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An Approach to Self-Coaching

This article was originally published on SailNet in October, 2000.

With a playing field that's always in flux and multiple competitors, sailboat racing is truly one of the most intricate sports.

There are few sports that require the diversity of skills that sailing demands. Mastery of our sport can be a life-long pursuit, and if you choose to work toward that, you’ll never want for new discoveries or chances to further refine the skills you once thought you had perfected. Some sailors are lucky—they have teachers and coaches to help pinpoint the skills that need help and these instructors can also offer ways to improve existing strengths. But many of us must coach ourselves, searching for new ways to examine our performance and improve the parts of our game that need work.

Whether you are an Olympic athlete with access to the top coaches, or a weekend warrior with little opportunity for outside assistance, there are a few tricks that you can use to deconstruct your game as an initial step toward improved performance. Combined with hard work and determination, these tricks can ultimately help you improve your results on the racecourse.

As a coach, I like to break down sailing into three skill groups—speed, boat handling, and tactics. It should be obvious that without solid skills in each of these disciplines, a person will rarely have much success in sailboat racing. However, emphasizing the right skills at the right point in your development can help you to climb the ladder faster.

Mastering straightline speed should be every novice racer's first priority.

Everyone has heard the phrase "speed kills." I don't know when I first heard it, but it rings true for what we do on the water—the guy with the best boat speed will almost always "kill" his opponents. If I could have proficiency in only one of the three skill groups mentioned above, it would always be speed. Remember, an unguided missile usually beats a smart turtle in our sport every time. And for me, after speed, it's a toss-up between boat handling and tactics, depending on the type of racing you do, how short the courses are, and whether your boat has a spinnaker and a trapeze.

The single biggest mistake that I see most junior sailing instructors, high-school coaches, and college coaches make is to start off by teaching boat-handling skills first. While basic tacking, jibing, and acceleration techniques are necessary just to turn the corners on a racecourse, many of the concepts needed to understand proper boat-handling techniques are hard to grasp if they aren't first introduced in the context of straight-line speed. To perfect tacks, jibes, and acceleration, a sailor must first understand through experience the concepts of helm balance and rudder load, pressure on the sails, steering with weight and sail trim, crew-weight positioning, and kinetic responsiveness. These concepts are best taught in a straight-line, speed-tuning environment where experimentation yields immediate results. And once a sailor understands and feels these forces on the boat, the process of learning to squeeze maximum potential out of tacks and jibes is much easier.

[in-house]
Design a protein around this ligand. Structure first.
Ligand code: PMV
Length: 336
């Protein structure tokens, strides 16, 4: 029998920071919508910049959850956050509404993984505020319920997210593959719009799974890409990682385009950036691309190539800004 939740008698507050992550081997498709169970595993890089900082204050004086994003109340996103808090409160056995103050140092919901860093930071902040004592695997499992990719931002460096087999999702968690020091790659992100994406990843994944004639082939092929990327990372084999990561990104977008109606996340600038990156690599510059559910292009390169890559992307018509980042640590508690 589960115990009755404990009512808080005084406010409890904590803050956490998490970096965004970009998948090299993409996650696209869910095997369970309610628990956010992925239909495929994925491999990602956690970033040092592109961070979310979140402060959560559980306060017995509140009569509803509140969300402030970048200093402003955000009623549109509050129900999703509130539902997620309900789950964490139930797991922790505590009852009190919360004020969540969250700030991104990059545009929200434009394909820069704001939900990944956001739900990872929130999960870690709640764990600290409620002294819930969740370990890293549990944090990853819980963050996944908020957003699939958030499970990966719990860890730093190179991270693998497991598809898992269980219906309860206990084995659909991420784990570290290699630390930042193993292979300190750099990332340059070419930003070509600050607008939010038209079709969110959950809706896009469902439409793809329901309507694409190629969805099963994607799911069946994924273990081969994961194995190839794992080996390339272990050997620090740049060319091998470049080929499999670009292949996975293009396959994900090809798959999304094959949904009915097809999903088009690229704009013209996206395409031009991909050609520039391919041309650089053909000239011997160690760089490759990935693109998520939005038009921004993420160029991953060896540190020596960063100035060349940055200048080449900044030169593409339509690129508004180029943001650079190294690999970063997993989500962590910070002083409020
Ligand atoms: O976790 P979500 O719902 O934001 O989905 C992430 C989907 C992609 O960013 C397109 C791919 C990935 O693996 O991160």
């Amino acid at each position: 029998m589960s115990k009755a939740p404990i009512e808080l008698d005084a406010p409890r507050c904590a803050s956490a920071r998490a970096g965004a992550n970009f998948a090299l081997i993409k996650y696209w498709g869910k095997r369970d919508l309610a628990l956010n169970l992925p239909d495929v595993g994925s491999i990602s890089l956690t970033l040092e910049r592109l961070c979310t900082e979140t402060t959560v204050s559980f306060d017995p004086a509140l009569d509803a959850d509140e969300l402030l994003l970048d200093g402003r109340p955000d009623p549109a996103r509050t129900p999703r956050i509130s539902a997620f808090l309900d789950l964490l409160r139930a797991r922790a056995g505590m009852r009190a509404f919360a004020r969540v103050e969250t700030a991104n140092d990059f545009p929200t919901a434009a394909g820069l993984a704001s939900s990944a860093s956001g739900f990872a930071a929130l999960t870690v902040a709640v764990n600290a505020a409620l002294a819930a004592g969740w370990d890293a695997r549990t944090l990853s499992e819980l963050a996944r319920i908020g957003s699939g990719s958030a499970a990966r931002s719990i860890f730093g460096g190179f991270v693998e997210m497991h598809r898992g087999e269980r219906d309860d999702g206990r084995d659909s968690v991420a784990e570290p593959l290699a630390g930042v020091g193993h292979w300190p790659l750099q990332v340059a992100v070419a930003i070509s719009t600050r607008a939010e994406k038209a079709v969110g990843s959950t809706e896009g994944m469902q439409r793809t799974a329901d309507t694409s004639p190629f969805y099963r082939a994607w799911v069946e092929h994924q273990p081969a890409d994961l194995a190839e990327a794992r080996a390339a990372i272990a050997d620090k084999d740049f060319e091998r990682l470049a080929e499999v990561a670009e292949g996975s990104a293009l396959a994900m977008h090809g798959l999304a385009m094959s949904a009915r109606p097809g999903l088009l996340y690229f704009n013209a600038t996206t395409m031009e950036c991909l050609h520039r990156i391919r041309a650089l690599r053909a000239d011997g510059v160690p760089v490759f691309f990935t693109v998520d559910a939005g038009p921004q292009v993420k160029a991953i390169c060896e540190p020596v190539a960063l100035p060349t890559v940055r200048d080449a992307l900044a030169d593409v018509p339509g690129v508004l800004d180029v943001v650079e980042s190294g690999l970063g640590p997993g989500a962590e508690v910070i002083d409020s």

When you are just learning to sail, or learning a new boat, that’s when this principle is most important. When I coach or teach, I recommend beginning with a lot of straight-line sailing so that you get the feel of your new boat. You’ll gradually learn how quickly the apparent wind accelerates and decelerates in the puffs, and you’ll get to know how the helm reacts to heel and crew position, and how sail trim affects the helm. As you become confident in your basic sail setup and helming skills, then you’ll be ready to move on to refining your boat handling.

"Taking the time to do it right, analyze, and then try it again is the quickest path to perfecting proper sailing mechanics."
If you ever have the chance to witness a collegiate sailing practice session you will probably see the team executing tacks in rapid succession with the coach urging the sailors on between his whistle blasts. While drills like this that emphasize the repetition of boat-handling skills are great for sailors who have mastered all the mechanics, they are often detrimental for sailors who are just learning the proper mechanics. When you practice things like tacking, it is usually much more valuable to get the boat up to full speed, execute your best tack, then stop and talk about how it might be done better. This is true whether you're sailing with nine crew or just out by yourself on a single-handed dinghy. Taking the time to do it right, analyze, and then try it again is the quickest path to perfecting proper sailing mechanics. Only when you feel comfortable that everything is right should you accelerate the task and work it into a repetitive format.